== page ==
Throughout the last two decades, Bayesian statistical methods have proliferated throughout ecology and evolution. Numerous previous references established both philosophical and computational guidelines for implementing Bayesian methods. However, protocols for incorporating prior information, the defining characteristic of Bayesian philosophy, are nearly nonexistent in the ecological literature. Here, I hope to encourage the use of weakly informative priors in ecology and evolution by providing a ‘consumer's guide’ to weakly informative priors. The first section outlines three reasons why ecologists should abandon noninformative priors: 1) common flat priors are not always noninformative, 2) noninformative priors provide the same result as simpler frequentist methods, and 3) noninformative priors suffer from the same high type I and type M error rates as frequentist methods. The second section provides a guide for implementing informative priors, wherein I detail convenient ‘reference’ prior distributions for common statistical models (i.e. regression, ANOVA, hierarchical models). I then use simulations to visually demonstrate how informative priors influence posterior parameter estimates. With the guidelines provided here, I hope to encourage the use of weakly informative priors for Bayesian analyses in ecology. Ecologists can and should debate the appropriate form of prior information, but should consider weakly informative priors as the new ‘default’ prior for any Bayesian model.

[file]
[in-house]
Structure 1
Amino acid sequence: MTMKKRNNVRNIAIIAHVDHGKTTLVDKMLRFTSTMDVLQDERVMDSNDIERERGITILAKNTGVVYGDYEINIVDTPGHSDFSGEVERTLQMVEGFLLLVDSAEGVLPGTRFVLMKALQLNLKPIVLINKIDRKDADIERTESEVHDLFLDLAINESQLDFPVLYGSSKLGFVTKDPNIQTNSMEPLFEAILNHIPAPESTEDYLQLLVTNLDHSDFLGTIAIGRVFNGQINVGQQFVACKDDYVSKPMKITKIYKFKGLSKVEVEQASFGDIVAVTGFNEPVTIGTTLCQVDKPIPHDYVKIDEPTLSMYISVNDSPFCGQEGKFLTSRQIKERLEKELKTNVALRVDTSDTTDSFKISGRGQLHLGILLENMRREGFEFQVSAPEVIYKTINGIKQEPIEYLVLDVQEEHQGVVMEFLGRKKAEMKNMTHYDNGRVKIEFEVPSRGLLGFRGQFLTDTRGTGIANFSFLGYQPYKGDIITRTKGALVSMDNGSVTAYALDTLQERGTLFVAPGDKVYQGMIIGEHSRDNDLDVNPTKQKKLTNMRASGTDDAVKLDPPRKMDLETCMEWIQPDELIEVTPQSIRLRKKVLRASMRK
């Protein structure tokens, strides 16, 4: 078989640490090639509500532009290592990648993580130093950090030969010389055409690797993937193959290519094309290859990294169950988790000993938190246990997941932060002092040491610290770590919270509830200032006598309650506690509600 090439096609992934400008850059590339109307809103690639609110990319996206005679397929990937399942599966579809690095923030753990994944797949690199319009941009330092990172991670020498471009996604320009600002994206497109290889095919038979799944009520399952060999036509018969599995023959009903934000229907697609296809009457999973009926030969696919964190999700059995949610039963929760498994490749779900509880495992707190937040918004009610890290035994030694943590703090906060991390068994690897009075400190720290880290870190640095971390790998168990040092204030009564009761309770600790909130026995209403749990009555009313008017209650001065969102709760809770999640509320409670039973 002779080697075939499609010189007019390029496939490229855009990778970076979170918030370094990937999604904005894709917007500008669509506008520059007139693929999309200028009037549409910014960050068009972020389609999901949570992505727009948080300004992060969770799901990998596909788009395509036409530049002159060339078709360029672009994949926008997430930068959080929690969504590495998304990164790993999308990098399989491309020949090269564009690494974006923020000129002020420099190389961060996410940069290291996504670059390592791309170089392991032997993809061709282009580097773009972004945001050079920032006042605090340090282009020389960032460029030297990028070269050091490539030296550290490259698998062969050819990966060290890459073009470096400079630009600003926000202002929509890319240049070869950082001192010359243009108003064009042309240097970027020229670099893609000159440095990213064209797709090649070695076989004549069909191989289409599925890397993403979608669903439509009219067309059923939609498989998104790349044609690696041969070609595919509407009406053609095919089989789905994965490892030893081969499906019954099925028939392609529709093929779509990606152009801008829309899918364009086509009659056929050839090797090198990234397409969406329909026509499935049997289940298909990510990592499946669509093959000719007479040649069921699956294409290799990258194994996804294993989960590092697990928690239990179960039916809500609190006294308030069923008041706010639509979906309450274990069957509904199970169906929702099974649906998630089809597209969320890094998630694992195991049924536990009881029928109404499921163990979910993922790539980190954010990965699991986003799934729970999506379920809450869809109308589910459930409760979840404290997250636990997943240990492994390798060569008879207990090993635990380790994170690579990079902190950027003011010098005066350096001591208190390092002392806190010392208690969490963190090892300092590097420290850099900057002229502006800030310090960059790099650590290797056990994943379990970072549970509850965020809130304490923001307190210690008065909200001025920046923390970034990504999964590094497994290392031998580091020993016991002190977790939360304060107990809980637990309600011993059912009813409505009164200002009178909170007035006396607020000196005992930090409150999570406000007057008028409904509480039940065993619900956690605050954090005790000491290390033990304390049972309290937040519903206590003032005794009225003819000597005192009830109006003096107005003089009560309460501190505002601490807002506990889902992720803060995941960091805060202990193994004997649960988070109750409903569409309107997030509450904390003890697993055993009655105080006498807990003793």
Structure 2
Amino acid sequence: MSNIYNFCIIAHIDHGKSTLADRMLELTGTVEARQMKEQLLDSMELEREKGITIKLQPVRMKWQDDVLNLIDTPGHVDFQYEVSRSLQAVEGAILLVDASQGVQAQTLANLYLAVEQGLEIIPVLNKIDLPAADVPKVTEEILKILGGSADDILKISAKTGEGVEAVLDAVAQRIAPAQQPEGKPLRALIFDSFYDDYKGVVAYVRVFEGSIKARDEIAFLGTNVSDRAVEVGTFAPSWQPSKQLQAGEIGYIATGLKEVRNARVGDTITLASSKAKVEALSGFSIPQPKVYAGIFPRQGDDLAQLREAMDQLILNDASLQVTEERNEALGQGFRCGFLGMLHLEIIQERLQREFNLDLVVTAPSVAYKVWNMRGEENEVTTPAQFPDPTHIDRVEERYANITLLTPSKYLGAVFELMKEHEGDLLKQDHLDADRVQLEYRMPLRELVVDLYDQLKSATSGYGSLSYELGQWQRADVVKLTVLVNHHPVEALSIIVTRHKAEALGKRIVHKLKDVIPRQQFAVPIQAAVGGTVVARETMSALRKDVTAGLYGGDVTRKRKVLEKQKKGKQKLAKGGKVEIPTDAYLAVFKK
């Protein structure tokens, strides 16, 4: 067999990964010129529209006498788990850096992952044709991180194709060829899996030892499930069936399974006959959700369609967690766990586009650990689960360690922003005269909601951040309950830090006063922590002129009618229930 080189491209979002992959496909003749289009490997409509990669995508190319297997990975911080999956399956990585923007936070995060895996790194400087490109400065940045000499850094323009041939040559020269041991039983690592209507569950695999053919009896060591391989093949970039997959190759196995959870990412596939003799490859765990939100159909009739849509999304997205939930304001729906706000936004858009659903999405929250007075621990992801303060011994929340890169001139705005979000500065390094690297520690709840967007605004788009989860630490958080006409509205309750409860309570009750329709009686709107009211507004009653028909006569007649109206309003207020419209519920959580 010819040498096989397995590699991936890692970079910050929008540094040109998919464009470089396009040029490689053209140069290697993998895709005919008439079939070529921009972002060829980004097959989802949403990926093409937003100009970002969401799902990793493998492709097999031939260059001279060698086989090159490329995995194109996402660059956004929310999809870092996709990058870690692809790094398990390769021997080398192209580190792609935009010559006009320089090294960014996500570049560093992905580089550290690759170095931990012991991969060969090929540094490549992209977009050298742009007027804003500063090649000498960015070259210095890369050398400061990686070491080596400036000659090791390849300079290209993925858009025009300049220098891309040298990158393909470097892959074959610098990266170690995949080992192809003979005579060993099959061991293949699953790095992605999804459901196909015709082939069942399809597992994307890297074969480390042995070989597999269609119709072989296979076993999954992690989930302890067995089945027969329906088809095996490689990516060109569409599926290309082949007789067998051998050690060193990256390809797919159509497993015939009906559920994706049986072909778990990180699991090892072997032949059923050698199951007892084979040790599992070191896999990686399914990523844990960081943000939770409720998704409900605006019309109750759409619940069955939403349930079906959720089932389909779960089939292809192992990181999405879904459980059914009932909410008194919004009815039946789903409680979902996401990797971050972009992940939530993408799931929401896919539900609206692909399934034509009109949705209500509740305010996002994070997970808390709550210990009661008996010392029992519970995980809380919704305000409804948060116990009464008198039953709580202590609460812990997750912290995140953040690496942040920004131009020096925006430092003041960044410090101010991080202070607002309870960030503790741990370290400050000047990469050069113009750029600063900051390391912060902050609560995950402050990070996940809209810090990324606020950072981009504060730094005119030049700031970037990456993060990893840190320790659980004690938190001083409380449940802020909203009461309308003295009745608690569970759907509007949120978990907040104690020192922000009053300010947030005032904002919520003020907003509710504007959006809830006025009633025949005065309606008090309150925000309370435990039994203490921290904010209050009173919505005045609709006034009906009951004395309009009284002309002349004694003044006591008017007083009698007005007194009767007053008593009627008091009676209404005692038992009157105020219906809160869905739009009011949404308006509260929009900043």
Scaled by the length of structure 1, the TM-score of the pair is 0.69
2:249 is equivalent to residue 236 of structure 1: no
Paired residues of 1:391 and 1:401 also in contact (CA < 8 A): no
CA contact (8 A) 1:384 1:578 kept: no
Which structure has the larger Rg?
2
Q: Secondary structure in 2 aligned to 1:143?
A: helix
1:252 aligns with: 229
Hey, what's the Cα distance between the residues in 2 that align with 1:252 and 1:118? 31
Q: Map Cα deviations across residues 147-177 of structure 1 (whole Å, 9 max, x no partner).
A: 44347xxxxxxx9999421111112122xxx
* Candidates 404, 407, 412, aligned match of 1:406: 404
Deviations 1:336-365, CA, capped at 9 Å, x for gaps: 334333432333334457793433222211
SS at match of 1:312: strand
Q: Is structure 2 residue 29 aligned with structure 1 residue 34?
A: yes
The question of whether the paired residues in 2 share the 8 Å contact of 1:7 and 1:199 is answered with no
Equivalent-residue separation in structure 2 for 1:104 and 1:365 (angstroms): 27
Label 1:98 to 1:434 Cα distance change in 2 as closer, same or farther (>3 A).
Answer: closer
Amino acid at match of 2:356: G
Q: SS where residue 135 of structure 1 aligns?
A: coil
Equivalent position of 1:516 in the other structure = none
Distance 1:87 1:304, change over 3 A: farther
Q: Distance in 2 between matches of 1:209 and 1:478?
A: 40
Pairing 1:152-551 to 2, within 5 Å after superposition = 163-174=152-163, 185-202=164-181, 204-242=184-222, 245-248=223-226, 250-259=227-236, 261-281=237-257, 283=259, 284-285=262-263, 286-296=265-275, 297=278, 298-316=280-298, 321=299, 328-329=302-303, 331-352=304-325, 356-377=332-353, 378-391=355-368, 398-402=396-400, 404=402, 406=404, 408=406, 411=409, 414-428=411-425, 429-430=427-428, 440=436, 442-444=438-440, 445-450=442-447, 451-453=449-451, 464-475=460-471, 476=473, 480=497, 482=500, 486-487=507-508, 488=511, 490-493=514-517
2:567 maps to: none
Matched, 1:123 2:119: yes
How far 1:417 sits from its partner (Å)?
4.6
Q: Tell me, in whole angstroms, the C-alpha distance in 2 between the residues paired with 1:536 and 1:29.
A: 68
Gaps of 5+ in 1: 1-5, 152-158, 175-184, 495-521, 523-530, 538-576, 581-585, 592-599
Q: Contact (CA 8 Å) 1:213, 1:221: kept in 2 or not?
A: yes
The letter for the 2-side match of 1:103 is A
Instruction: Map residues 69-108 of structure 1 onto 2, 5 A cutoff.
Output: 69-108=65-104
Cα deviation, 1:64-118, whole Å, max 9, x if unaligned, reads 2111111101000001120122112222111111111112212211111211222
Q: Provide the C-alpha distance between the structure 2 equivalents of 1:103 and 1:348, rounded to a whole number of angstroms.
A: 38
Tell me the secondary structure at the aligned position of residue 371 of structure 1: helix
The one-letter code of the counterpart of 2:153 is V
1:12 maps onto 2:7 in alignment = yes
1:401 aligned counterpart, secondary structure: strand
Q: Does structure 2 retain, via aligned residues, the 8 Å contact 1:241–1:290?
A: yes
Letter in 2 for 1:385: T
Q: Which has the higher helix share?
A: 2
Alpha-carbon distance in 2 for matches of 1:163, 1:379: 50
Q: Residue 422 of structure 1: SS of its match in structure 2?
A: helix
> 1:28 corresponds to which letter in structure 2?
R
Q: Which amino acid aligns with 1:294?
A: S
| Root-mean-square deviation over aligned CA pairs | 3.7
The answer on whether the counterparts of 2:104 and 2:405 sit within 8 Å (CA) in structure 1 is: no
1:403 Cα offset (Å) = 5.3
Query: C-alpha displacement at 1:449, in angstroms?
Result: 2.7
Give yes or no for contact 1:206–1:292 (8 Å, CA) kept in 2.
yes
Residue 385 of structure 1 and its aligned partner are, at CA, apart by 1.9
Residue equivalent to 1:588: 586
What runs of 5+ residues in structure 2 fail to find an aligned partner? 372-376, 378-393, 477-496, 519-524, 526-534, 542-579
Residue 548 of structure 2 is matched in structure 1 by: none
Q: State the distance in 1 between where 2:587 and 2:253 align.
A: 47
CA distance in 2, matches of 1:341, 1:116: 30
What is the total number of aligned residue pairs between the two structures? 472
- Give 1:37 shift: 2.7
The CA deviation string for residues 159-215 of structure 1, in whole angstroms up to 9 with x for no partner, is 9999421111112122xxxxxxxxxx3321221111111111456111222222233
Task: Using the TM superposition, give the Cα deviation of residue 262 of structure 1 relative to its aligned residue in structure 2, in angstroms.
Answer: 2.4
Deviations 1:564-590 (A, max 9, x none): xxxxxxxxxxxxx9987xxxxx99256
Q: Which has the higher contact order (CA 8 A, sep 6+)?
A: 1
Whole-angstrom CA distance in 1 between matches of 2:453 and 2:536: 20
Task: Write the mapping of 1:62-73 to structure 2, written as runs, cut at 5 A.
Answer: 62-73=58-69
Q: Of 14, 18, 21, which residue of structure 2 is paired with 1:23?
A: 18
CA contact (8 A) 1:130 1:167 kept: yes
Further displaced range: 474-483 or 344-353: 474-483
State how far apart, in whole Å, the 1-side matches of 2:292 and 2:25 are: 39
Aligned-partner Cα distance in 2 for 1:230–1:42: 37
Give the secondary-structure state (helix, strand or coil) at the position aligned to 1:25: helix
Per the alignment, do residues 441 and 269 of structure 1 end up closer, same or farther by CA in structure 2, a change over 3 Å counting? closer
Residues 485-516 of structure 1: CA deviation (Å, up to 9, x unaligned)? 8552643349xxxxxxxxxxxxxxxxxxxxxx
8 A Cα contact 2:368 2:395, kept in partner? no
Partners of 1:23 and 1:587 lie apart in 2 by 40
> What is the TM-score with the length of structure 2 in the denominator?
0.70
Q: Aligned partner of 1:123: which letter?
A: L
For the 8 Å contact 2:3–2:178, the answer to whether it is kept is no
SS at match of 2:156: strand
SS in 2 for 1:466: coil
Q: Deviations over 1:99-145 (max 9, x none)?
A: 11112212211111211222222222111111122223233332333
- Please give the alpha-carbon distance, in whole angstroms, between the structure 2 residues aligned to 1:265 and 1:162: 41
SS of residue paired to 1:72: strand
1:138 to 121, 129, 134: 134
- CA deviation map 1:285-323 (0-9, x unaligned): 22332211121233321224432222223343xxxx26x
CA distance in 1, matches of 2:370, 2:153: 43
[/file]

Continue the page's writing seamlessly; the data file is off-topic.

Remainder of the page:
LeMoine, Nathan P., "Moving Beyond Noninformative Priors: Why and How to Choose Weakly Informative Priors in Bayesian Analyses" (2019). Biological Sciences Faculty Research and Publications. 808.
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